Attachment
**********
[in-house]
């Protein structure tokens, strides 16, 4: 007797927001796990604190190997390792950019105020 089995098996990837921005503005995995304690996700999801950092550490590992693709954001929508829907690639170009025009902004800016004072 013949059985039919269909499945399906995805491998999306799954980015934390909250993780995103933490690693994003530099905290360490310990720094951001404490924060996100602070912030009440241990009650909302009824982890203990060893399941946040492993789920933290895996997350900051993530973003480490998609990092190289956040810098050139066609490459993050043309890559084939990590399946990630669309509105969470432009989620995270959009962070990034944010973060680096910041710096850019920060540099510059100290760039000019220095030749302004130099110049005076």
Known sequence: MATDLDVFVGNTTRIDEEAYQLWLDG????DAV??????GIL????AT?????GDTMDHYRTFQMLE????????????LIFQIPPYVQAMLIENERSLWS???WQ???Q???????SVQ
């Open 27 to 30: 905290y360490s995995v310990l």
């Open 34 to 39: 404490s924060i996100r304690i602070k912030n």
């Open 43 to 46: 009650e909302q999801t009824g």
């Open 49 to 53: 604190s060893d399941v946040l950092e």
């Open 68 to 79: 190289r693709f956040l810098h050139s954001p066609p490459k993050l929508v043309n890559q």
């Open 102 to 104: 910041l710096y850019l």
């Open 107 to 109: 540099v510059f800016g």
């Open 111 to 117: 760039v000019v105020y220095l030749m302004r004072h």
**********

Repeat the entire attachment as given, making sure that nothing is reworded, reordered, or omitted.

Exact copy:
[in-house]
């Protein structure tokens, strides 16, 4: 007797927001796990604190190997390792950019105020 089995098996990837921005503005995995304690996700999801950092550490590992693709954001929508829907690639170009025009902004800016004072 013949059985039919269909499945399906995805491998999306799954980015934390909250993780995103933490690693994003530099905290360490310990720094951001404490924060996100602070912030009440241990009650909302009824982890203990060893399941946040492993789920933290895996997350900051993530973003480490998609990092190289956040810098050139066609490459993050043309890559084939990590399946990630669309509105969470432009989620995270959009962070990034944010973060680096910041710096850019920060540099510059100290760039000019220095030749302004130099110049005076």
Known sequence: MATDLDVFVGNTTRIDEEAYQLWLDG????DAV??????GIL????AT?????GDTMDHYRTFQMLE????????????LIFQIPPYVQAMLIENERSLWS???WQ???Q???????SVQ
């Open 27 to 30: 905290y360490s995995v310990l």
């Open 34 to 39: 404490s924060i996100r304690i602070k912030n």
């Open 43 to 46: 009650e909302q999801t009824g």
């Open 49 to 53: 604190s060893d399941v946040l950092e």
């Open 68 to 79: 190289r693709f956040l810098h050139s954001p066609p490459k993050l929508v043309n890559q």
């Open 102 to 104: 910041l710096y850019l």
């Open 107 to 109: 540099v510059f800016g």
């Open 111 to 117: 760039v000019v105020y220095l030749m302004r004072h």